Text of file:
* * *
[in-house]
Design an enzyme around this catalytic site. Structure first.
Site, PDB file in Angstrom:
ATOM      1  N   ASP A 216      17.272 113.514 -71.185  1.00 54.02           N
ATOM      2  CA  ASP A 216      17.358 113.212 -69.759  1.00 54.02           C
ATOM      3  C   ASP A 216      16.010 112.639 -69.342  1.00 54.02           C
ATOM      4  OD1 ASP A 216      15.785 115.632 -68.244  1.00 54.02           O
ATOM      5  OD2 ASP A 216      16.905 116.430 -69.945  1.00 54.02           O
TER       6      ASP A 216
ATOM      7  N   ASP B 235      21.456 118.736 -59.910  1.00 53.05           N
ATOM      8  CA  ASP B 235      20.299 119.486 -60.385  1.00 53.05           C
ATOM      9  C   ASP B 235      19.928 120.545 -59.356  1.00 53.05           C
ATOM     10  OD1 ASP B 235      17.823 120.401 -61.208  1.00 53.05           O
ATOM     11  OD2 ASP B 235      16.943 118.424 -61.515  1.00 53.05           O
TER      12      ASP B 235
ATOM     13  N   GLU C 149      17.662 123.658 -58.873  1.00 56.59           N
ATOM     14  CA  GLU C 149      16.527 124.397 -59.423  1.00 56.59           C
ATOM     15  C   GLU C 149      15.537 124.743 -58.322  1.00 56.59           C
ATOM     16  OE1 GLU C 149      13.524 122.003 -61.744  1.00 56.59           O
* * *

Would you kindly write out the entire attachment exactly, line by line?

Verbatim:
[in-house]
Design an enzyme around this catalytic site. Structure first.
Site, PDB file in Angstrom:
ATOM      1  N   ASP A 216      17.272 113.514 -71.185  1.00 54.02           N
ATOM      2  CA  ASP A 216      17.358 113.212 -69.759  1.00 54.02           C
ATOM      3  C   ASP A 216      16.010 112.639 -69.342  1.00 54.02           C
ATOM      4  OD1 ASP A 216      15.785 115.632 -68.244  1.00 54.02           O
ATOM      5  OD2 ASP A 216      16.905 116.430 -69.945  1.00 54.02           O
TER       6      ASP A 216
ATOM      7  N   ASP B 235      21.456 118.736 -59.910  1.00 53.05           N
ATOM      8  CA  ASP B 235      20.299 119.486 -60.385  1.00 53.05           C
ATOM      9  C   ASP B 235      19.928 120.545 -59.356  1.00 53.05           C
ATOM     10  OD1 ASP B 235      17.823 120.401 -61.208  1.00 53.05           O
ATOM     11  OD2 ASP B 235      16.943 118.424 -61.515  1.00 53.05           O
TER      12      ASP B 235
ATOM     13  N   GLU C 149      17.662 123.658 -58.873  1.00 56.59           N
ATOM     14  CA  GLU C 149      16.527 124.397 -59.423  1.00 56.59           C
ATOM     15  C   GLU C 149      15.537 124.743 -58.322  1.00 56.59           C
ATOM     16  OE1 GLU C 149      13.524 122.003 -61.744  1.00 56.59           O